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Originally posted by jiggerj
So, he doesn't care if his words get distorted through time. He doesn't care that evidence of his visits to earth gets lost?

Why would he? What does God care if Nebuchadnezzar carts off the Ark of the Covenant and melts it down?


But when it comes to faith with NO evidence whatsoever, perhaps you should look up the words 'gullible' and 'sucker'.

Most of us with faith have seen evidence, but it is personal and is of no purpose to anyone other than that person. Whether you have never seen evidence, or you've simply never recognized it for what it is, is a matter for another discussion.



posted on Apr, 27 2013 @ 06:15 PM
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reply to post by adjensen
 


Hi Adj.,

It one thing to have faith. because of spiritual or mystical experience. It's quite another to attach that experience to the "God" of the Bible.

I have had experiences that make me believe in a higher "reality". But my common sense refuses to accept that it came from that deity that is claimed to be the "God" of the Old Testament.



posted on Apr, 27 2013 @ 06:53 PM
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reply to post by kingofmd
 

We can either choose to accept that our fine was paid on His behalf . . .

That is one of several salvation theories, and not a Bible quote.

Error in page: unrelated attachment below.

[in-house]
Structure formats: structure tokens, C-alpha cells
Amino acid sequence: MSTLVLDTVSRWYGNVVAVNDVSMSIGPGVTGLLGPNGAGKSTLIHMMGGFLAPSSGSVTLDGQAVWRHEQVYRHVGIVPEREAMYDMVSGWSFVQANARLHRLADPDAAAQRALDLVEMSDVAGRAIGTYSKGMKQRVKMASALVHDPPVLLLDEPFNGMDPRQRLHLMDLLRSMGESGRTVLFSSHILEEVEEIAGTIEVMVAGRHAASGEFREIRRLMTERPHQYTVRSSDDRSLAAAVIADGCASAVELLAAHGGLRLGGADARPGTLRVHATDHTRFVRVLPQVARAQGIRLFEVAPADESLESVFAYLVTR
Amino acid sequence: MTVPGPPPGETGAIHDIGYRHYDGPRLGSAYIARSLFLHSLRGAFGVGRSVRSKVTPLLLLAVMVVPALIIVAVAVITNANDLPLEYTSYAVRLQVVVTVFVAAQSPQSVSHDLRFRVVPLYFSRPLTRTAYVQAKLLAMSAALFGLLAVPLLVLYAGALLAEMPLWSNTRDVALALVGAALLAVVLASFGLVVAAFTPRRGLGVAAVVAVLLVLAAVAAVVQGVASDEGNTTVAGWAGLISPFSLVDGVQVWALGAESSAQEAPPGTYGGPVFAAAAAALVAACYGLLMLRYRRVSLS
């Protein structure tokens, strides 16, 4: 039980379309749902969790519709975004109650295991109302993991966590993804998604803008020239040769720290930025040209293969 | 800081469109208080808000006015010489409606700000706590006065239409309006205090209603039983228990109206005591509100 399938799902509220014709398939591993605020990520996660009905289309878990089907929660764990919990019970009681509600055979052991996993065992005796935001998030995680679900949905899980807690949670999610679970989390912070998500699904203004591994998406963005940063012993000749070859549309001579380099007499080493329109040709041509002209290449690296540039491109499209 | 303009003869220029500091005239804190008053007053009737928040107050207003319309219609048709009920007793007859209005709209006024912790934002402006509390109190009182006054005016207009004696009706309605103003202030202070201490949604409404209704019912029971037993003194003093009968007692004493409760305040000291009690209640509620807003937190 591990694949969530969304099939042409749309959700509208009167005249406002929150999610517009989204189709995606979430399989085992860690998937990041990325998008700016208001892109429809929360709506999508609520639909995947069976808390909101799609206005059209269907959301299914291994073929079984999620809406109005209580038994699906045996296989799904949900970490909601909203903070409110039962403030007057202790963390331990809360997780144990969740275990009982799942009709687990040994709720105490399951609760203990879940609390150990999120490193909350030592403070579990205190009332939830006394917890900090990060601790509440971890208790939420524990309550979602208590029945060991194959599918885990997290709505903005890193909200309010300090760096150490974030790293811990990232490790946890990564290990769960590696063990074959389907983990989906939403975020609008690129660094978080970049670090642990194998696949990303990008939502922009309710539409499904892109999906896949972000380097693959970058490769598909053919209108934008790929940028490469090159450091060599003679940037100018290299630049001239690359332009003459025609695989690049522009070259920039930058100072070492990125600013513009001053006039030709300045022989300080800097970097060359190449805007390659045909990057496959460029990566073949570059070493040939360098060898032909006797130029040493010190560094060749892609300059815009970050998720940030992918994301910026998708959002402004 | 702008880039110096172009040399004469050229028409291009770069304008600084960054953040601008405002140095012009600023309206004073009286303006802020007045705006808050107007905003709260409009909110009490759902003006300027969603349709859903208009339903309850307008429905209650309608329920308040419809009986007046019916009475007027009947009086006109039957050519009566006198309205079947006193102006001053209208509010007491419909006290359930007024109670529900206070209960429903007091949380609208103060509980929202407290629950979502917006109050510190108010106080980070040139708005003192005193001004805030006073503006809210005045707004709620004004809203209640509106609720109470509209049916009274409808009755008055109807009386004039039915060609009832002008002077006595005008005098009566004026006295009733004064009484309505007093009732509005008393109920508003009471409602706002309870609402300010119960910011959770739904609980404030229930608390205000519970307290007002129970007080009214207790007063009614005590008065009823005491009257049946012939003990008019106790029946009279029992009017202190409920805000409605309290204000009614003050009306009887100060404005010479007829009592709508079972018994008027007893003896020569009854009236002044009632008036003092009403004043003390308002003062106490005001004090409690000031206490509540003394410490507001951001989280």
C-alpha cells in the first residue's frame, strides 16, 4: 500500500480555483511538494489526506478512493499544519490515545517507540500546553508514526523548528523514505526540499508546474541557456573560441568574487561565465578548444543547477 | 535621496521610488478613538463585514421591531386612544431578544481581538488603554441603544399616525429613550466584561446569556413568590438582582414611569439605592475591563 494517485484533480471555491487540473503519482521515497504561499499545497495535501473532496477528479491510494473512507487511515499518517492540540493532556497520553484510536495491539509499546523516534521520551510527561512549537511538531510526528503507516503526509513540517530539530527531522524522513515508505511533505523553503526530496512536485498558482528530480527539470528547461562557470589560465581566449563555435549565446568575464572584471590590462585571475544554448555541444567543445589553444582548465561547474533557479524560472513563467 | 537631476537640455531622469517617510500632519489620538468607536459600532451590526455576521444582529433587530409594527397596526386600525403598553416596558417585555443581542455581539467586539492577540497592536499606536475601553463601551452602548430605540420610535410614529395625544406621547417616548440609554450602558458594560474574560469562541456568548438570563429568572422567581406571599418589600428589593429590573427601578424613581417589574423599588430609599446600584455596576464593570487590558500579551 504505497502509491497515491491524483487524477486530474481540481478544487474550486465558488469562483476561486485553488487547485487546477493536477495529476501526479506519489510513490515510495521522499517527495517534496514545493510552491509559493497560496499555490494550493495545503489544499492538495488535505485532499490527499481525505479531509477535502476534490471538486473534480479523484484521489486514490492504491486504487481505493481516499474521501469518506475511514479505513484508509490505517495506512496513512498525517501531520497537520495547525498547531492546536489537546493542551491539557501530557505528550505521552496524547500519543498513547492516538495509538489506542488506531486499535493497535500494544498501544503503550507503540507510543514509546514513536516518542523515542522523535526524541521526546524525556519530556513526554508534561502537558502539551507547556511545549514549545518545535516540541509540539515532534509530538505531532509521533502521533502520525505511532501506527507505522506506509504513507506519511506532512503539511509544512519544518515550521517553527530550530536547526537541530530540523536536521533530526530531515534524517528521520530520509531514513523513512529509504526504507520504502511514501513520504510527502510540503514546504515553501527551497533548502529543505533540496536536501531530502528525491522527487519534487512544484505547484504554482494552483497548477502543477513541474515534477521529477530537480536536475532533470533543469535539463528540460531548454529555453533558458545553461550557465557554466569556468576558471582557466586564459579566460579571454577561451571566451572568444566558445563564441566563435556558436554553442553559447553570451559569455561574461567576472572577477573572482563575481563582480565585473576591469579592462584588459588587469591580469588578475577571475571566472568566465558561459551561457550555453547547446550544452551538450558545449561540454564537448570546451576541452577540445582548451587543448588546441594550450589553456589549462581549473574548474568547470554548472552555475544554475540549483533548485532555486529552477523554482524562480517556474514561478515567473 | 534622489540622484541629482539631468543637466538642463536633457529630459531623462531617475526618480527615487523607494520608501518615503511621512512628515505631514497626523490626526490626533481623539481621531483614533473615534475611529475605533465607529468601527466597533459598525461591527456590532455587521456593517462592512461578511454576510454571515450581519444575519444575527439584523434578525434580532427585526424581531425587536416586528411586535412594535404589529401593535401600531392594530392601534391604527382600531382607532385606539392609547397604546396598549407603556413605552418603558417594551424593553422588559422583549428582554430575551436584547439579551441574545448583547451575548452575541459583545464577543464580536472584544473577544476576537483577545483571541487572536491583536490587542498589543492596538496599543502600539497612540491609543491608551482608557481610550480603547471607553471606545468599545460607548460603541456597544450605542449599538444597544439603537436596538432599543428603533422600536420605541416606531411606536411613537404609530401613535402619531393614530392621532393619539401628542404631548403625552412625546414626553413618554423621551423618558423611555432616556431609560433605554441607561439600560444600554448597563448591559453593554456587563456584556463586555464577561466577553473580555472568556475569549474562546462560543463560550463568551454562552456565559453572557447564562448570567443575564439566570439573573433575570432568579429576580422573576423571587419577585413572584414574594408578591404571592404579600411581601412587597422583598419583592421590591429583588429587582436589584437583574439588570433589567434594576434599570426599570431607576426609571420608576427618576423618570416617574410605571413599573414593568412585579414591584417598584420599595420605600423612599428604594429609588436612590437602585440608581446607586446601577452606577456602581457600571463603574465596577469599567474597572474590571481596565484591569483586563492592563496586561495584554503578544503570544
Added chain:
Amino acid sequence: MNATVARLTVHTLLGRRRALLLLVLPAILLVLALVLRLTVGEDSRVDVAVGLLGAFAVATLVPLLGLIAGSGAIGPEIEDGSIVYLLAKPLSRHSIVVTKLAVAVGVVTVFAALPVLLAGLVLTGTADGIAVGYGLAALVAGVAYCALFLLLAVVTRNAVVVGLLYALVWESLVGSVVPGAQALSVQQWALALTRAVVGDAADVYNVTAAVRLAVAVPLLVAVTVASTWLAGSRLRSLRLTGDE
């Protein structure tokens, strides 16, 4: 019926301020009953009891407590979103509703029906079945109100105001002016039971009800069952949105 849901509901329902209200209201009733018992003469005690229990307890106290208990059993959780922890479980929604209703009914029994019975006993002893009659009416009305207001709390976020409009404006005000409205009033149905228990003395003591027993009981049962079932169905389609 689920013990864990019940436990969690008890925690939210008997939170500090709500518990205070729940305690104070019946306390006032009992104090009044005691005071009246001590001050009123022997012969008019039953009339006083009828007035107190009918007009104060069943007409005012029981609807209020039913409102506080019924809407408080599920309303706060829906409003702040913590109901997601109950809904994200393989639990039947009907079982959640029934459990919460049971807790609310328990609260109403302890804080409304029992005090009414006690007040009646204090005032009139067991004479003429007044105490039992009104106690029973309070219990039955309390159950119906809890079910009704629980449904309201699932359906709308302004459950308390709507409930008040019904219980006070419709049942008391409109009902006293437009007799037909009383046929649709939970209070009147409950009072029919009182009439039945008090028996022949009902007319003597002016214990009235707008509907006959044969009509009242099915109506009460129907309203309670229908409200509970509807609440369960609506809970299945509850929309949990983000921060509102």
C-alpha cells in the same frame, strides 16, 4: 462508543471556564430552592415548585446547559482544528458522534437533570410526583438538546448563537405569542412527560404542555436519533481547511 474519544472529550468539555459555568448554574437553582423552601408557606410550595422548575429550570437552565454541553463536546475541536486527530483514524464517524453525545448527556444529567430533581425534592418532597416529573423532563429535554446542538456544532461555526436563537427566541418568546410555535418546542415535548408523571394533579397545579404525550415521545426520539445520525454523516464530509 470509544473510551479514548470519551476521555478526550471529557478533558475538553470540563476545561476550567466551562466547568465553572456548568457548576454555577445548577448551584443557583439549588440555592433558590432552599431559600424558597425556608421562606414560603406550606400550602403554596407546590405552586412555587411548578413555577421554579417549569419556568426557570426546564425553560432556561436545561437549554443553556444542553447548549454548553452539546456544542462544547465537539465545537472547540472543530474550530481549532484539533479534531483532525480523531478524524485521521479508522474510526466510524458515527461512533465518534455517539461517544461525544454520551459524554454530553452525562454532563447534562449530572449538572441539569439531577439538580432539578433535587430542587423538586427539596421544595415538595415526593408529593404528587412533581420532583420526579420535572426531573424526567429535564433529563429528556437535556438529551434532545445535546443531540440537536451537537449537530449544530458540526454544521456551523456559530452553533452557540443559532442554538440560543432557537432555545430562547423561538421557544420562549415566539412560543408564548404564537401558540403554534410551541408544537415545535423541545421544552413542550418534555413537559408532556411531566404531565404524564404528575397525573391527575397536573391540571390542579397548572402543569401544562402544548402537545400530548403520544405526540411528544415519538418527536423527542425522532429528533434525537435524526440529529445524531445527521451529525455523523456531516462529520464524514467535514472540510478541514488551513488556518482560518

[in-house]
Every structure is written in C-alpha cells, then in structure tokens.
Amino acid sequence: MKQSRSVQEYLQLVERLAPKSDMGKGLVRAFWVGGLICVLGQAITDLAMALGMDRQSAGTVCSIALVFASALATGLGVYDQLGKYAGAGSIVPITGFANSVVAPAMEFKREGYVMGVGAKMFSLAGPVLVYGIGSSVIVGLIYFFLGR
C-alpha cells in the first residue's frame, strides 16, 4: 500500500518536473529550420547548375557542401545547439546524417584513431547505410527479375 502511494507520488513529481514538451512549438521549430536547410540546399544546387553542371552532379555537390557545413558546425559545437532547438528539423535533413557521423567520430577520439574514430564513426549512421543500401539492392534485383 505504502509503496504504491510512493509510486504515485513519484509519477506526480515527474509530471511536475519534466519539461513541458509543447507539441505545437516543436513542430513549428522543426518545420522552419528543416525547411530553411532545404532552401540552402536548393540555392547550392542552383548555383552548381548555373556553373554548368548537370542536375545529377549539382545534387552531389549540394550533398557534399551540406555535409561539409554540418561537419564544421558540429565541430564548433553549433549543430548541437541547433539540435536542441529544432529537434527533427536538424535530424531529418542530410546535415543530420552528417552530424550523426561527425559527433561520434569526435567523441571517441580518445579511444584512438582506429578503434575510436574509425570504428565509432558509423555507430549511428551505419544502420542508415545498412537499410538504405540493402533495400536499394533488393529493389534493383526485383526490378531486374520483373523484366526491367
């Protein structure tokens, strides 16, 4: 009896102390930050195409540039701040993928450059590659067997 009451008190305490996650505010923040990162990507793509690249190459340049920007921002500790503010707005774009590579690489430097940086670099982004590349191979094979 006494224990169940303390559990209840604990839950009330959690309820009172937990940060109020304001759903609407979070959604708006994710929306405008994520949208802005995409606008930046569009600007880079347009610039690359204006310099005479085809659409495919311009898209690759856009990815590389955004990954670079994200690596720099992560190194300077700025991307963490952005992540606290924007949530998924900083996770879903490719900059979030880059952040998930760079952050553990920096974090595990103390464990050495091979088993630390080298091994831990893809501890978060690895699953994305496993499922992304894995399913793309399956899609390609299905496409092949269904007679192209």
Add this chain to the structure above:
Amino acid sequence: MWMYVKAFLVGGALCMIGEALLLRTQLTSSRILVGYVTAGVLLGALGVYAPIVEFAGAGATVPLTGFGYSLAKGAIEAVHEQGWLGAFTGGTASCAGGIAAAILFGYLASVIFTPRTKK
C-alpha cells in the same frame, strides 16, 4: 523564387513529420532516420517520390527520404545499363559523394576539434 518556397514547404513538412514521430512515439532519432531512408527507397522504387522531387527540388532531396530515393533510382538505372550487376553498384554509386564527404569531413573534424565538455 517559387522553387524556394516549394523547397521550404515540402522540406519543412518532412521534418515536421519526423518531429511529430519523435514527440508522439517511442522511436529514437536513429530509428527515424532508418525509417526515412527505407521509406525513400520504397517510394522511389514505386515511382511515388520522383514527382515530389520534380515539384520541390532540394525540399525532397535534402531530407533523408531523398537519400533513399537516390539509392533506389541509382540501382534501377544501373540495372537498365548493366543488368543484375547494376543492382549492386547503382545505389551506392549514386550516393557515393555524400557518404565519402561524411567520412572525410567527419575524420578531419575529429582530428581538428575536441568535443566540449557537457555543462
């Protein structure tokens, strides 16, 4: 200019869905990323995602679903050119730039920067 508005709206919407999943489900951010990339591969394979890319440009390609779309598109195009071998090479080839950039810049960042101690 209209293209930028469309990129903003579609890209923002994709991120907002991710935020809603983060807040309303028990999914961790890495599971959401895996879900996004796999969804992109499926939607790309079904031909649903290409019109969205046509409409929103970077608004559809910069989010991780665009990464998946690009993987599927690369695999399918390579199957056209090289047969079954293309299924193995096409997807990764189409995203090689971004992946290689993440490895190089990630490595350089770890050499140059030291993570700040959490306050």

Jesus died in our place, as you said, which means he took the position or situation of a sinner, when he was crucified.
God has the ability to forgive sins without paying some other shadowy entity off as if it is owed.

Jesus, whom is God in the flesh . . .
That is an interpretation of a couple of scriptures that can more sensibly interpreted to mean something else, one being John 1:14, the other is 1 Tim.3:16.
My interpretation of the Logos in John 1 is that John is using that word to explain the concept of the spirit of prophecy.
The verse in 1 Tim, is placed in a false context, including part of the previous verse as if it is part of the same sentence, and pretending that the mention of God there means that the "appeared in the flesh" is talking about Him, rather than what the subject should obviously be, which is Jesus.
edit on 27-4-2013 by jmdewey60 because: (no reason given)



posted on Apr, 27 2013 @ 06:58 PM
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reply to post by adjensen
 


In the same vein, why would he care whether someone believed in him or not? Seems pretty childish for something with unlimited power to send someone to hell over something so small and insignificant as belief.